Doctoral thesis, 2012
Population biology of Puccinia graminisBerlin, Anna
AbstractBarberry has made a noticeable comeback in the agricultural landscape after the repeal in 1994 of a law requiring its eradication. It has brought with it not only biological diversity, but also stem rust caused by Puccinia graminis (Pers.). Rusts have been known and feared for centuries. This thesis presents the results of studies of the population structure of P. graminis and connects this information to the epidemiology of stem rust. The studies were done by using SSR (simple sequence repeat) markers on samples from different hosts, years and areas. The results show that P. graminis genetically is a very diverse pathogen and no correlation in population structure could be detected between fields or years. However, there was a clear genetic differentiation between the forma specialis infecting oats and the forma specialis infecting rye and wheat. The aecial morphology also differed between the two, and the differentiation was reflected in a phylogenetic study. It was thus shown that P. graminis could be divided into two phylogenetically distinct species. The grass host is the driving force in the evolution of these species. In addition, Puccinia arrhenatheri was identified from barberry and its grass host. The presence of barberry, the alternate host of the pathogen, drives stem rust epidemics in oats, and removal of the barberry bushes would not only limit development of the disease but also reduce the genetic variation in the stem rust pathogen. Even if the fungus rarely goes through a sexual cycle, such as the situation in Tajikistan, the genetic variation is high in that country. The mere presence of barberry within an area enables a large genetic variability within the pathogen. Stem rust does not seem to be common on wheat in Sweden. This may be due to the lack of virulent genotypes of the pathogen, but if they were present, stem rust could become a major problem in wheat production, since all the prerequisites for epidemics are already present.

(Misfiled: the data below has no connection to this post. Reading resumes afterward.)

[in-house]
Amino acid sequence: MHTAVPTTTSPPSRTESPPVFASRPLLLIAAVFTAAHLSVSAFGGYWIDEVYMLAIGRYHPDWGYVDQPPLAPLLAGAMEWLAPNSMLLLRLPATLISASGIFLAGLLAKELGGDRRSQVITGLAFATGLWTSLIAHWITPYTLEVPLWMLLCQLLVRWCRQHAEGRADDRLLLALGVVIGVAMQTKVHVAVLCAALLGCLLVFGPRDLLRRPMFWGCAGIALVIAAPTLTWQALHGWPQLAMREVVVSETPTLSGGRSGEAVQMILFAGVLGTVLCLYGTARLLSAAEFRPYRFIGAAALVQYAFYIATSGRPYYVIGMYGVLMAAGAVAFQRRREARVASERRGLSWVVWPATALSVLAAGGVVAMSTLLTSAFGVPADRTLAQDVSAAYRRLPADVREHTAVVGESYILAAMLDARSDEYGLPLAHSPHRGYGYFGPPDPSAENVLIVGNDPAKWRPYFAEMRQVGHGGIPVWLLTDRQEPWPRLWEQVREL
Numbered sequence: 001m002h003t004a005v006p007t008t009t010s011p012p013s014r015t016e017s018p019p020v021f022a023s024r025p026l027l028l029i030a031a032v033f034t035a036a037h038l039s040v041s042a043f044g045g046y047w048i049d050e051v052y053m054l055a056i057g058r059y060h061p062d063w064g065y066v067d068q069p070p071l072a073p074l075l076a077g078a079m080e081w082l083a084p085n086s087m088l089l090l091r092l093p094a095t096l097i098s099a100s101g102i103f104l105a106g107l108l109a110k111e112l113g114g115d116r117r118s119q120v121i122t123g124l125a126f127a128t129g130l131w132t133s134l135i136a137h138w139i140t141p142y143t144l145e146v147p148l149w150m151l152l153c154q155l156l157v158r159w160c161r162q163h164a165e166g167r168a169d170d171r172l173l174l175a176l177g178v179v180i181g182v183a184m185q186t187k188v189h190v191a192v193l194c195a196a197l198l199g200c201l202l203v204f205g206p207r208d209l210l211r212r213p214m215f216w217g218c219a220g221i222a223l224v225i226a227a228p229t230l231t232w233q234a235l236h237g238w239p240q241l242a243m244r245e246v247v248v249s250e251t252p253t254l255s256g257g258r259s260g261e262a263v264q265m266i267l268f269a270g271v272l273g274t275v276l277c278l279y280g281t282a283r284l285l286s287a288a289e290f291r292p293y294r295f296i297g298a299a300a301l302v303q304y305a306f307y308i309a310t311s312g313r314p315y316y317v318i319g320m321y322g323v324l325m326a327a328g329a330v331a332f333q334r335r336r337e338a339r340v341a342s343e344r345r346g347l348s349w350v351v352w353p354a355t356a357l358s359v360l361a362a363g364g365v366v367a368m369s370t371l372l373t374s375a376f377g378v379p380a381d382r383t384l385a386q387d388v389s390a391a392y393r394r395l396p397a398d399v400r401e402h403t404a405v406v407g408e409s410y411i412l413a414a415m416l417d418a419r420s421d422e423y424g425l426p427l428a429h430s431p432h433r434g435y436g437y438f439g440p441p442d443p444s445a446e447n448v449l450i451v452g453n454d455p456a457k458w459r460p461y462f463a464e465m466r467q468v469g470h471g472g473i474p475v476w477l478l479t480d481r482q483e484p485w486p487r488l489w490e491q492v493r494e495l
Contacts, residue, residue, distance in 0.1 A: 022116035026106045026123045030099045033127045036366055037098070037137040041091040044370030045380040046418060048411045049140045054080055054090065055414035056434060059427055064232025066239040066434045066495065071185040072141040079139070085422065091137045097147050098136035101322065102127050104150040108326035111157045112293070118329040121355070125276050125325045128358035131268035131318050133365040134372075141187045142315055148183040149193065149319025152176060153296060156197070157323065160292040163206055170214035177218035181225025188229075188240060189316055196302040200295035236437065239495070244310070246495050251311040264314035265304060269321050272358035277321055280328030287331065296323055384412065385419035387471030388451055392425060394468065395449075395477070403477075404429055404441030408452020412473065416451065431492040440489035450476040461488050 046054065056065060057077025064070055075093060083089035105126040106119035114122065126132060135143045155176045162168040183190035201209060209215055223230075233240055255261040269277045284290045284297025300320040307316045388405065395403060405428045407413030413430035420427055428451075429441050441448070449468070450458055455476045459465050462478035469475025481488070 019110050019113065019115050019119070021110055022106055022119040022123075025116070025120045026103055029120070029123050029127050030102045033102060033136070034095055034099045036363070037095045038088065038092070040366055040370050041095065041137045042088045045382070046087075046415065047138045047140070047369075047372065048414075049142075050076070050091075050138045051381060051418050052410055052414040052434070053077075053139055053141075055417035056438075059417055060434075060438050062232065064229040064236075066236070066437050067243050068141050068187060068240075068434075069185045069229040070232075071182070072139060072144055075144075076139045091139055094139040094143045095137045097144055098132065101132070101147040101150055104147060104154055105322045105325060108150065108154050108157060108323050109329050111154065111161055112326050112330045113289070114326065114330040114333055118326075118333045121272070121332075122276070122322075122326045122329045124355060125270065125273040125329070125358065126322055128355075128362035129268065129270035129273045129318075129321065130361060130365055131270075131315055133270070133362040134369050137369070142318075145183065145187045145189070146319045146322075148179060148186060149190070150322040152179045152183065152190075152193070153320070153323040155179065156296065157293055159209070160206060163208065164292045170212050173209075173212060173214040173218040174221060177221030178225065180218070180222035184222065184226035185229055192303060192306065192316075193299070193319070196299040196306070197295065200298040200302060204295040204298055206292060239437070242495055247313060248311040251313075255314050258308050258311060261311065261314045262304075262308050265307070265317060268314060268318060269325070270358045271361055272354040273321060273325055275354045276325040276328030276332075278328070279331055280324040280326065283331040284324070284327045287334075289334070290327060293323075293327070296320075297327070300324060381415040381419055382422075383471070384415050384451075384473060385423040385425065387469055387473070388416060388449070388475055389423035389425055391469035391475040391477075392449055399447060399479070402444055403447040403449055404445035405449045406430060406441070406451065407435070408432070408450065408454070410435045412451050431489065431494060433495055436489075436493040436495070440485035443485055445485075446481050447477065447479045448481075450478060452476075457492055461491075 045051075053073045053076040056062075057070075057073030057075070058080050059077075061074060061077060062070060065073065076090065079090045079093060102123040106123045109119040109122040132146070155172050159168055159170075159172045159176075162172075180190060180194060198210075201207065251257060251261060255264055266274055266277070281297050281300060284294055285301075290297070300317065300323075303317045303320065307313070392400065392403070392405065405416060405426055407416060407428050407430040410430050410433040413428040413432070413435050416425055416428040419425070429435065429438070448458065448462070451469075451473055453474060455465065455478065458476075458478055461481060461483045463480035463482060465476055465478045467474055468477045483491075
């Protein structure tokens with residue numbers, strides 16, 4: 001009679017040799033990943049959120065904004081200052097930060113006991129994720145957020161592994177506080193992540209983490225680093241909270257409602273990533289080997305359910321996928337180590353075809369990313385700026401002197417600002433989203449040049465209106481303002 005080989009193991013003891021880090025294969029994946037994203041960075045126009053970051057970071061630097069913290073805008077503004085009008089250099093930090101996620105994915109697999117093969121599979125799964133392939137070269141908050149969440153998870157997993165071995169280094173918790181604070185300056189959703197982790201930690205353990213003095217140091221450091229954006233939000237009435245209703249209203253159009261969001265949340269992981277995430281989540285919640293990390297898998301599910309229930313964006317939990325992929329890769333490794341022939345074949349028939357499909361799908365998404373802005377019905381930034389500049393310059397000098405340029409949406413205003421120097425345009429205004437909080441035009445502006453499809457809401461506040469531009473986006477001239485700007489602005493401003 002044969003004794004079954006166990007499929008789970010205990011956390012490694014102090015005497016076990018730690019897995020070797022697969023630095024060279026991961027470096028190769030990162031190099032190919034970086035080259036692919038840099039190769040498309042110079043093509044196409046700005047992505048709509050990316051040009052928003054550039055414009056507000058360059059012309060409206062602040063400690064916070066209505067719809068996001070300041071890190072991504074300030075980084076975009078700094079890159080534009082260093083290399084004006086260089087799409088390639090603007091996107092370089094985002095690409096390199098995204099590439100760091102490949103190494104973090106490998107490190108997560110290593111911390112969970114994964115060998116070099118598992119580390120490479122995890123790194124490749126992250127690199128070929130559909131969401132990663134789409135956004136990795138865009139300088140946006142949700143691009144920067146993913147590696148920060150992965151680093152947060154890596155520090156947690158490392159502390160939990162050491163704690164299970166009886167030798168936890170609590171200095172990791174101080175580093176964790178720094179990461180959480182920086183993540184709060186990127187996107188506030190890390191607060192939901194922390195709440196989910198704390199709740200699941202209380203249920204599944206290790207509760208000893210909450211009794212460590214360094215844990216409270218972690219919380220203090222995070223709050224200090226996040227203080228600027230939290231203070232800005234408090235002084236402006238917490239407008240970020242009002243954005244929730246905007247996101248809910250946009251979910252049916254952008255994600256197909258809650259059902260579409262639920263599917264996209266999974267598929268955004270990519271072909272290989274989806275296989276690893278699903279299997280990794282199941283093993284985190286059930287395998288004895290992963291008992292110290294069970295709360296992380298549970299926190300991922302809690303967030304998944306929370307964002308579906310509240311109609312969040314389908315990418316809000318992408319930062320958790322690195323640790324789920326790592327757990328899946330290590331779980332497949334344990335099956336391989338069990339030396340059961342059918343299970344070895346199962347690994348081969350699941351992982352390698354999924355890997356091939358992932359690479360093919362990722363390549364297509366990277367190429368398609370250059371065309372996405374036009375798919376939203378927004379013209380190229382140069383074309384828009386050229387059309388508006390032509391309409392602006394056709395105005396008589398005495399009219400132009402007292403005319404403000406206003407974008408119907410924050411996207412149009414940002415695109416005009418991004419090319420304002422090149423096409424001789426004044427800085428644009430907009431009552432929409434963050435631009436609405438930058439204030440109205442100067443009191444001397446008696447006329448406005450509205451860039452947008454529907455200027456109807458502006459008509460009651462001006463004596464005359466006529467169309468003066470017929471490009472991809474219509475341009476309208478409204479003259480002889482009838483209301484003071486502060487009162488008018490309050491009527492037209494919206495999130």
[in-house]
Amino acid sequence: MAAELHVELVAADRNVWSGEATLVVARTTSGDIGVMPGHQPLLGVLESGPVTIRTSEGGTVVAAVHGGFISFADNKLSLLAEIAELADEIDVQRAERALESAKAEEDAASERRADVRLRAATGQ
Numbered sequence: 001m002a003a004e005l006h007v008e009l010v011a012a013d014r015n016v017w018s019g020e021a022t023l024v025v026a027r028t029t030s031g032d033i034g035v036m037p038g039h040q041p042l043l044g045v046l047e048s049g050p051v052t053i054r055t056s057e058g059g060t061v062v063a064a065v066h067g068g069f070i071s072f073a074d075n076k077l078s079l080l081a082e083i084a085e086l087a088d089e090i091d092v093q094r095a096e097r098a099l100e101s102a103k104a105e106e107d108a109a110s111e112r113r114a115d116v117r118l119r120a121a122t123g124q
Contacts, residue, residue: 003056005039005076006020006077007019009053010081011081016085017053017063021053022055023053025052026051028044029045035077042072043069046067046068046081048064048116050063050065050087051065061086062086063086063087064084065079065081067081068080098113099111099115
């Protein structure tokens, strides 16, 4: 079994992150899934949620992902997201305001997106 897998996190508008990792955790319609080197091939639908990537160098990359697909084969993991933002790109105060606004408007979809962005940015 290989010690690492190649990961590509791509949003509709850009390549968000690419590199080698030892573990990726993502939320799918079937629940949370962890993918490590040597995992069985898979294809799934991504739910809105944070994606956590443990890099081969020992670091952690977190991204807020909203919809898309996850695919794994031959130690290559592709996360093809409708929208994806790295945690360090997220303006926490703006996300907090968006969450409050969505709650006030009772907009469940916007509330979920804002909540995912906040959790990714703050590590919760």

KeywordsBerberis spp.; epidemiology; phylogeny; sexual reproduction; taxonomy
Published inActa Universitatis Agriculturae Sueciae
2012, number: 2012:79
Publisher: Dept. of Forest Mycology and Plant Pathology, Swedish University of Agricultural Sciences